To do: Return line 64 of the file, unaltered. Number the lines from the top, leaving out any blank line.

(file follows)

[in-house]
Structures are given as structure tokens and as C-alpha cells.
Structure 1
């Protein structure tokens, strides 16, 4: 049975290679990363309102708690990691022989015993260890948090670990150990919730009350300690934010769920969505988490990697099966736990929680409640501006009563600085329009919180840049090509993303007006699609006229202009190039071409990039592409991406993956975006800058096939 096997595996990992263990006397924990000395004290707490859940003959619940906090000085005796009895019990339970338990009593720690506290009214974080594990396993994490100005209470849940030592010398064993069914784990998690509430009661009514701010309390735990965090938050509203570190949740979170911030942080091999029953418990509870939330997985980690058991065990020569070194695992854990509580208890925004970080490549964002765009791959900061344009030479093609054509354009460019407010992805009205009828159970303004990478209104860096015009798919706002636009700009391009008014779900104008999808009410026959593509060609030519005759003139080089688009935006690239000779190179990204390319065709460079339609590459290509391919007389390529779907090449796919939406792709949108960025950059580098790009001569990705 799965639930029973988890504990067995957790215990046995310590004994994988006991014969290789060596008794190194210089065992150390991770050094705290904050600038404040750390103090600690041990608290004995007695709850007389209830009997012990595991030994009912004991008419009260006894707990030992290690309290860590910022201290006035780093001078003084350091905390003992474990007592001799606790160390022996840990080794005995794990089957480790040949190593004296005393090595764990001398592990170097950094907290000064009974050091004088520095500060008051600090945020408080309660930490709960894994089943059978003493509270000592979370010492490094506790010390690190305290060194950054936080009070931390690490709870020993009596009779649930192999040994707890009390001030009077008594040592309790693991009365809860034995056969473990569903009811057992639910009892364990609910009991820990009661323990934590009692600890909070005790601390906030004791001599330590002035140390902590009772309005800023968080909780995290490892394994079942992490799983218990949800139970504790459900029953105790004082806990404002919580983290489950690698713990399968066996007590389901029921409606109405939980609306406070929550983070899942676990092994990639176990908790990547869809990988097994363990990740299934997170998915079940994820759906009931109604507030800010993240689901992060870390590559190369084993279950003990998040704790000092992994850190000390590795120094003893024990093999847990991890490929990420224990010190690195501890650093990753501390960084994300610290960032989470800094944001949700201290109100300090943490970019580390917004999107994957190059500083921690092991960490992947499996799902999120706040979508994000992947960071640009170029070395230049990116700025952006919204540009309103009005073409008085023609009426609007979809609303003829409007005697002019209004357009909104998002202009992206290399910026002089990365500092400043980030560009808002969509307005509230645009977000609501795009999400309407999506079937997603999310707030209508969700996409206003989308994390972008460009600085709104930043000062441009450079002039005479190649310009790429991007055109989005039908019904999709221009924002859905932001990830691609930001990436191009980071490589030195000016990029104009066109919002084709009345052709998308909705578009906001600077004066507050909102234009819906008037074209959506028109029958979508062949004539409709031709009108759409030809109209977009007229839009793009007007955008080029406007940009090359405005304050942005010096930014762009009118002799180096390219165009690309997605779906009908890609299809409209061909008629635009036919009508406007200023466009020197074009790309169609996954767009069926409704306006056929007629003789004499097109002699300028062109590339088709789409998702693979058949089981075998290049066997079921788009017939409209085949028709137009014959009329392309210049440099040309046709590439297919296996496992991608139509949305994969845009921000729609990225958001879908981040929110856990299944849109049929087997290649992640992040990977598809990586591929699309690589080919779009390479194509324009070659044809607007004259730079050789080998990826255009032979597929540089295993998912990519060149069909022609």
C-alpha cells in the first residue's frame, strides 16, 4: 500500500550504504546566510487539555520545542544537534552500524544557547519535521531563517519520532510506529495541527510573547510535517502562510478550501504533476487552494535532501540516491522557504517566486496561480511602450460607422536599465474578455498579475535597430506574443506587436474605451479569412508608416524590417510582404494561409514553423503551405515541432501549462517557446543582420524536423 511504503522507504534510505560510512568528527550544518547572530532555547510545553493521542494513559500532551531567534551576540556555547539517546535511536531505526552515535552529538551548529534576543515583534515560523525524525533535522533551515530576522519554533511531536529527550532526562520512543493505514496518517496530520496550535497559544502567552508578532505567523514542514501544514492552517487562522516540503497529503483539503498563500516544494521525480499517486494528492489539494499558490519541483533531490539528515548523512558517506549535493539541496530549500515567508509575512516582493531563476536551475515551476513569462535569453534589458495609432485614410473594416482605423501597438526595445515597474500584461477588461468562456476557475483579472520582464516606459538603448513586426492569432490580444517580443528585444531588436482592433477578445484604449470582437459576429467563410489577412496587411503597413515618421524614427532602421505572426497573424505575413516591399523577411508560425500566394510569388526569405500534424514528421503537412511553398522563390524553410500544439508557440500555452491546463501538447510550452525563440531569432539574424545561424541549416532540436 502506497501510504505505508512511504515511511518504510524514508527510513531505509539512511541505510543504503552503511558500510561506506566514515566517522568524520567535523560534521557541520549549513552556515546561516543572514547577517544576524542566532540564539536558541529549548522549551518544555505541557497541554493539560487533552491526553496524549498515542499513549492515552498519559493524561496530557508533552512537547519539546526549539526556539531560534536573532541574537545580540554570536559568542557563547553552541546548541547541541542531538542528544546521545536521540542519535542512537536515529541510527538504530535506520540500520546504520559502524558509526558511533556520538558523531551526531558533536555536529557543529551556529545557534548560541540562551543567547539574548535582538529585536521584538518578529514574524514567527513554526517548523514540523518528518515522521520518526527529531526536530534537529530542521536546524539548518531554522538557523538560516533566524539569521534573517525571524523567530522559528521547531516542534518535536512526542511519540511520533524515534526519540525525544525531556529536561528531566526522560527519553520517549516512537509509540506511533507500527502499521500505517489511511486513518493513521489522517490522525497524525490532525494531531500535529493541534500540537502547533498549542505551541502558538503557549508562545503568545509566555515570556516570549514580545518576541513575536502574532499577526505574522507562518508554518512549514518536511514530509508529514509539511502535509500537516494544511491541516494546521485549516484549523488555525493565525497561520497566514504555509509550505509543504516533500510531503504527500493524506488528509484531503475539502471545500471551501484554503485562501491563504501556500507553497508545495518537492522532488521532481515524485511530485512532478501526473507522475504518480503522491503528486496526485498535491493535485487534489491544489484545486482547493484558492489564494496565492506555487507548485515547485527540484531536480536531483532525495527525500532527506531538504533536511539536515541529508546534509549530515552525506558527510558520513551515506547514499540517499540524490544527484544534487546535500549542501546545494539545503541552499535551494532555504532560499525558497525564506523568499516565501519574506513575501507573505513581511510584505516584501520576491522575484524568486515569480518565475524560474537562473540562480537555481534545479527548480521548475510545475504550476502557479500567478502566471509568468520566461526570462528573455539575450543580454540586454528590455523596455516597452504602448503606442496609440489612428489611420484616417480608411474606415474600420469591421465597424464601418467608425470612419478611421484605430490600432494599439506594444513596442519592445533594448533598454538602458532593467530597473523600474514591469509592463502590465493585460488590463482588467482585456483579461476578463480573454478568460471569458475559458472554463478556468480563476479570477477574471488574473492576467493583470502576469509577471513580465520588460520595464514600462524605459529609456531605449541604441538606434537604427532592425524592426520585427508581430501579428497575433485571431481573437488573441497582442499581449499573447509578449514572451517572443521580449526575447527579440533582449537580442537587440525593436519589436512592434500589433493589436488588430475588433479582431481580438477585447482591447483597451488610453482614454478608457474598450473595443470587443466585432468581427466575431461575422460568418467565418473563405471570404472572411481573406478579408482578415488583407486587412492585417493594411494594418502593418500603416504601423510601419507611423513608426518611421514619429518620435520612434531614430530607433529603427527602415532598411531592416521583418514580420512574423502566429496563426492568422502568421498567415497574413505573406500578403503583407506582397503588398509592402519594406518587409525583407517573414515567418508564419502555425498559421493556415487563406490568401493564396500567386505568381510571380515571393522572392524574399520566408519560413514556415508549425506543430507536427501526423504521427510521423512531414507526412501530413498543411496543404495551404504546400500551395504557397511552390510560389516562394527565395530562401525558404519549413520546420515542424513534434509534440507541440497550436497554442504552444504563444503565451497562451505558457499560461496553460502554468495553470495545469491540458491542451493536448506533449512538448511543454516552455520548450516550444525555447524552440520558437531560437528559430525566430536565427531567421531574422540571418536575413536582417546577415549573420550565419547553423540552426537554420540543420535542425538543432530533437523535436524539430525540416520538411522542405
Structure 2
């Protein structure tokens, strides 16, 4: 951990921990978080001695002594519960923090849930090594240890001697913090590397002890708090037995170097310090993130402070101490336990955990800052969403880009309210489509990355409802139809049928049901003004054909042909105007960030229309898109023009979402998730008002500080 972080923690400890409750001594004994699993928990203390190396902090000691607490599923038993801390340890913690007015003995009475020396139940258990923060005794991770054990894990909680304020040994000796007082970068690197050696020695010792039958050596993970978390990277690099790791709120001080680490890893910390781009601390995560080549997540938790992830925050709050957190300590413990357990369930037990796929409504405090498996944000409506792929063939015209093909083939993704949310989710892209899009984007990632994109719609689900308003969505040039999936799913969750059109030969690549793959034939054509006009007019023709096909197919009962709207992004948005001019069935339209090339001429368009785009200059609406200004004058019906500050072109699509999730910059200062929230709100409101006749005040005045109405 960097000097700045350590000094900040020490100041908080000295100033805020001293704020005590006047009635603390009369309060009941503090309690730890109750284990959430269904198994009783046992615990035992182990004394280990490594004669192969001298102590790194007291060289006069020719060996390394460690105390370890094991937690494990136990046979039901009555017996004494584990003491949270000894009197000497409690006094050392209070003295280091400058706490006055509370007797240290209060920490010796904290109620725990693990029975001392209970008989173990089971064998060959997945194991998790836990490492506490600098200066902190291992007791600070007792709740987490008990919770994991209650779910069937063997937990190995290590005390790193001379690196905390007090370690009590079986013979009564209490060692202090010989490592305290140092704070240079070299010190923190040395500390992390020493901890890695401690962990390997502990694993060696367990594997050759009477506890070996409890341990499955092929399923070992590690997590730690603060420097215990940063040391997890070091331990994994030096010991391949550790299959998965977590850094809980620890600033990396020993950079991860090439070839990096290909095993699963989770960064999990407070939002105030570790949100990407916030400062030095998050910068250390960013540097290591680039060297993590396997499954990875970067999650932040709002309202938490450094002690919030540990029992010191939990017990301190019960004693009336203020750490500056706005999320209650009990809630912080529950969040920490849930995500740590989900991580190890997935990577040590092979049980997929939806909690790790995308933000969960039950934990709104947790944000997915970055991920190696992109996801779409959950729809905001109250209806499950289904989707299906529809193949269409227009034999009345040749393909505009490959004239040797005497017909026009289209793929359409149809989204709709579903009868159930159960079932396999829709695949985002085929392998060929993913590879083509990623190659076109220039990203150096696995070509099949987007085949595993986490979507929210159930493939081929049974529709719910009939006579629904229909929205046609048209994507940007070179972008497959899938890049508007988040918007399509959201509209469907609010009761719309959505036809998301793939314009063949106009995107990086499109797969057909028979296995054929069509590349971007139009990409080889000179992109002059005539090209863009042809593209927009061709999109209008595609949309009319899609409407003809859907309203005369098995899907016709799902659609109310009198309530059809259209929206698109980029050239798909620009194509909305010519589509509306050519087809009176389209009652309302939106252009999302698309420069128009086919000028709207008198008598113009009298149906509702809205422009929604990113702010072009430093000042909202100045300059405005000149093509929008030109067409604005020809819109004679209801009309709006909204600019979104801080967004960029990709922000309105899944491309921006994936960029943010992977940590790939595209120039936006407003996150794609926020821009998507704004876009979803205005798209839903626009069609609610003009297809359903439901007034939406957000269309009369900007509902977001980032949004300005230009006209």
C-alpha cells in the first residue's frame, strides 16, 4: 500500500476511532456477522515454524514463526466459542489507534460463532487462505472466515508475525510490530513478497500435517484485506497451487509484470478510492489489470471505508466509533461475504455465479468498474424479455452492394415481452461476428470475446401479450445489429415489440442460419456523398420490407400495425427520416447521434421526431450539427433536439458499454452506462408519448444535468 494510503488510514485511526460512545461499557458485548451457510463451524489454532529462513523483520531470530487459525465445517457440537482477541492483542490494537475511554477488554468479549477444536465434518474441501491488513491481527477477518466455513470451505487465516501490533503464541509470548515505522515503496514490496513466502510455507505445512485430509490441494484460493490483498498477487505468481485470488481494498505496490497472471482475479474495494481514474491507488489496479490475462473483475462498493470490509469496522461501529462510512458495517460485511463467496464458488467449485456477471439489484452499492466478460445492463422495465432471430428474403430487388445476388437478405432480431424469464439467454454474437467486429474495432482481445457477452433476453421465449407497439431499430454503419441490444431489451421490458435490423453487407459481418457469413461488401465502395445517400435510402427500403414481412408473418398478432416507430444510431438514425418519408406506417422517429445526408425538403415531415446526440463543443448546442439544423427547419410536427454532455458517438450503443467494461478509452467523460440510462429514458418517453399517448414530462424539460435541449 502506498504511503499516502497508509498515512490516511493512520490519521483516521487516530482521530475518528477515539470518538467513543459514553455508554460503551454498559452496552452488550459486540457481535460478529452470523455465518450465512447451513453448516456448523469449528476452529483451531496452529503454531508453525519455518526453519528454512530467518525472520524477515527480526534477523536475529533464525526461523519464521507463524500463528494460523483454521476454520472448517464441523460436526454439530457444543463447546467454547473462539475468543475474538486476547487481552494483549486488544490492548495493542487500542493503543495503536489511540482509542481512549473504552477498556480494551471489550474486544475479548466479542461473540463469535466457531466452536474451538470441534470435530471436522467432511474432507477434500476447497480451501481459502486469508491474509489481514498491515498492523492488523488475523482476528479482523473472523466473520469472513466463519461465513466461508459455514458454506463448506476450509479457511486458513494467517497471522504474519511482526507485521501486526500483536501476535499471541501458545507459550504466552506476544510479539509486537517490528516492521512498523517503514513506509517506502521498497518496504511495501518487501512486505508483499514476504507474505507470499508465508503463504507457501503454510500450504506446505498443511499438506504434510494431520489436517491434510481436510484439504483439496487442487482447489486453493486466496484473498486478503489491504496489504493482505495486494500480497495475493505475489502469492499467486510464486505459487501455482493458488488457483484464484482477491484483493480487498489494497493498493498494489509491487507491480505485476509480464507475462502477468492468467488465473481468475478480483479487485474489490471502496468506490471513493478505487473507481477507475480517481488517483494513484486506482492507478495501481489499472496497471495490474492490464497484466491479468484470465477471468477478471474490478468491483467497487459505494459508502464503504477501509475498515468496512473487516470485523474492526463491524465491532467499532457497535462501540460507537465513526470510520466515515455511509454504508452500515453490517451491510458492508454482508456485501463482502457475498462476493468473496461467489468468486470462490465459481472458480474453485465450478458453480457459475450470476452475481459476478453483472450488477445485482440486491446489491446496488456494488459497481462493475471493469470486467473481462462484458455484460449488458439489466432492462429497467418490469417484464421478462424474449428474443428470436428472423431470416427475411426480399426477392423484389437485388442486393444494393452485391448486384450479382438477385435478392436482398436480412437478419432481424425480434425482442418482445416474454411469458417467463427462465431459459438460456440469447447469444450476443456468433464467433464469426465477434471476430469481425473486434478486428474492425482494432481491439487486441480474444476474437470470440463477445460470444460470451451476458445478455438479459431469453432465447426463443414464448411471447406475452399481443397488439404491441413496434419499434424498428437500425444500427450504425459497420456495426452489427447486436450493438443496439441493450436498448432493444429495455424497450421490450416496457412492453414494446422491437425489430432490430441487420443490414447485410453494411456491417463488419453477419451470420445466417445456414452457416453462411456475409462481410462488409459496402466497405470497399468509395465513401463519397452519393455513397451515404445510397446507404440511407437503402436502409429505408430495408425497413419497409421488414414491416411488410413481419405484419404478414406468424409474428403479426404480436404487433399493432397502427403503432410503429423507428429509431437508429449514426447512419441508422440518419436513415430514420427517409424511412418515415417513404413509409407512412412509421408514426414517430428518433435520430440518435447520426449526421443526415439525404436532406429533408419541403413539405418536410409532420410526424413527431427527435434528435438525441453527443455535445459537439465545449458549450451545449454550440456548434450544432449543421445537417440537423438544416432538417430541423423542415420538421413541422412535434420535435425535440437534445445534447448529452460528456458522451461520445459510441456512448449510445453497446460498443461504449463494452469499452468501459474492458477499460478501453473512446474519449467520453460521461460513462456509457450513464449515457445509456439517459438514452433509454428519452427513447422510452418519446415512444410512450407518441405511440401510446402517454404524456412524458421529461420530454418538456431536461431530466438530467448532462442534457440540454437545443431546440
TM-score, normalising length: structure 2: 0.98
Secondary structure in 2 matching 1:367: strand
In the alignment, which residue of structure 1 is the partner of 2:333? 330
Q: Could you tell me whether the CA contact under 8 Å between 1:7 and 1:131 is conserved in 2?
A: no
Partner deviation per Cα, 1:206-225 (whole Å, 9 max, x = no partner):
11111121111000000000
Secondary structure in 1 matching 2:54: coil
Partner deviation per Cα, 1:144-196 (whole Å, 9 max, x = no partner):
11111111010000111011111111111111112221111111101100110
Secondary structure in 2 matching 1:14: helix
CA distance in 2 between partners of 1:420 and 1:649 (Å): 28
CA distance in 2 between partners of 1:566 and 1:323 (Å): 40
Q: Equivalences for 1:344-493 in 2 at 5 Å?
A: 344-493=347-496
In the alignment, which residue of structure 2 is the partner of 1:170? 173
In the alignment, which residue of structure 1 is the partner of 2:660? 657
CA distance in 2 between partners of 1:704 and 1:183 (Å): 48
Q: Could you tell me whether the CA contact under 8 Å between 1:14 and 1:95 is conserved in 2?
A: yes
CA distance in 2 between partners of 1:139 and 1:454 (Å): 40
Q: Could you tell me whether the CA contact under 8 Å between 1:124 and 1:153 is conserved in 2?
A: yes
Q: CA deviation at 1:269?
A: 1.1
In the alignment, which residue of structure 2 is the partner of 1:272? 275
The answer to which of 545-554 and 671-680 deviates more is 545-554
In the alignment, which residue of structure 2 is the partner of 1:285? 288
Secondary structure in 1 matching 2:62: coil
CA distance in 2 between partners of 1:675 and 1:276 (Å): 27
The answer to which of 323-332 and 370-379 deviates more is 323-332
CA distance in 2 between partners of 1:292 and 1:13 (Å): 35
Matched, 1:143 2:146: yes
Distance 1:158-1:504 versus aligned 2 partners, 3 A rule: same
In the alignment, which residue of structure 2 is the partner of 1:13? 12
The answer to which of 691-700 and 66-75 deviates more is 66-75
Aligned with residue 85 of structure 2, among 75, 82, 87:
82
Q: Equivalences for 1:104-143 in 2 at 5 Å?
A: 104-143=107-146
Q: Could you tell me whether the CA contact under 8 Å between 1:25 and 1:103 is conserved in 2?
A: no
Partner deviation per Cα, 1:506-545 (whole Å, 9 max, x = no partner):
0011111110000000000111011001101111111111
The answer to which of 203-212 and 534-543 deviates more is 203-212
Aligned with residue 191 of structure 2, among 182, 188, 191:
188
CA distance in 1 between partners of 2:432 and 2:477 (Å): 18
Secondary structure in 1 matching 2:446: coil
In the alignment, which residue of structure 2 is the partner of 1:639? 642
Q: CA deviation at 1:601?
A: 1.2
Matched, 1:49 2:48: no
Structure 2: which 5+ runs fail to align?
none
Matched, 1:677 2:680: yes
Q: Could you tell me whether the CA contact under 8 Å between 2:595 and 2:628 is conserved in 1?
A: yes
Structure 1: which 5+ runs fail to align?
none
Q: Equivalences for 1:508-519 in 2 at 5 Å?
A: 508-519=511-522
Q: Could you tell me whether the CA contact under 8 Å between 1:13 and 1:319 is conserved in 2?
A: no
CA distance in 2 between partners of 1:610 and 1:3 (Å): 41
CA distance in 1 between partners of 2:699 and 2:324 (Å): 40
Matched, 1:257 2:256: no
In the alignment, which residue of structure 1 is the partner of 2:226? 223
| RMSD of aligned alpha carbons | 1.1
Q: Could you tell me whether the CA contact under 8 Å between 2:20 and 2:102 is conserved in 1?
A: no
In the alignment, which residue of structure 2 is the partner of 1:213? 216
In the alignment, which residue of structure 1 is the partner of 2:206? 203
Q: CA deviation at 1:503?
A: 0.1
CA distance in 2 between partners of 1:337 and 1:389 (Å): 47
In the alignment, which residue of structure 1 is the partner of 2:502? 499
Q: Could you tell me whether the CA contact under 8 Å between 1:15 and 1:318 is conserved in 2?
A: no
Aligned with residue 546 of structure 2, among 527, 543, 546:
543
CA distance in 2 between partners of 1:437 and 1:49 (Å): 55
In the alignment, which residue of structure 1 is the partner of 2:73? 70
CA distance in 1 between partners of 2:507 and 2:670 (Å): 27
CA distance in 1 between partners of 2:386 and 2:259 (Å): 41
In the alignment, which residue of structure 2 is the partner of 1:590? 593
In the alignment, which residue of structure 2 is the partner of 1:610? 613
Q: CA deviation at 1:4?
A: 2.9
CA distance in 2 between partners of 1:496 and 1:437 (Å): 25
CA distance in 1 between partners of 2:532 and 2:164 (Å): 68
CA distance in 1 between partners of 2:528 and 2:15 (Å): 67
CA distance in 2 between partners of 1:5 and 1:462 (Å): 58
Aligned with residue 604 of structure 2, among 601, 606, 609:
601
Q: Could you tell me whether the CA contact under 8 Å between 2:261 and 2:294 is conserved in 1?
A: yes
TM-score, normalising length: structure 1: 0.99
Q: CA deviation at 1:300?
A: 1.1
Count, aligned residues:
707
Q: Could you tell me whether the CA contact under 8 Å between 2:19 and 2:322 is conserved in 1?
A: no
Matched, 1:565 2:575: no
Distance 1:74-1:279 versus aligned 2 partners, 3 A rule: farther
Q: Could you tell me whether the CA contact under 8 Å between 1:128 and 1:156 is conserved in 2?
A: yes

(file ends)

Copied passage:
Matched, 1:677 2:680: yes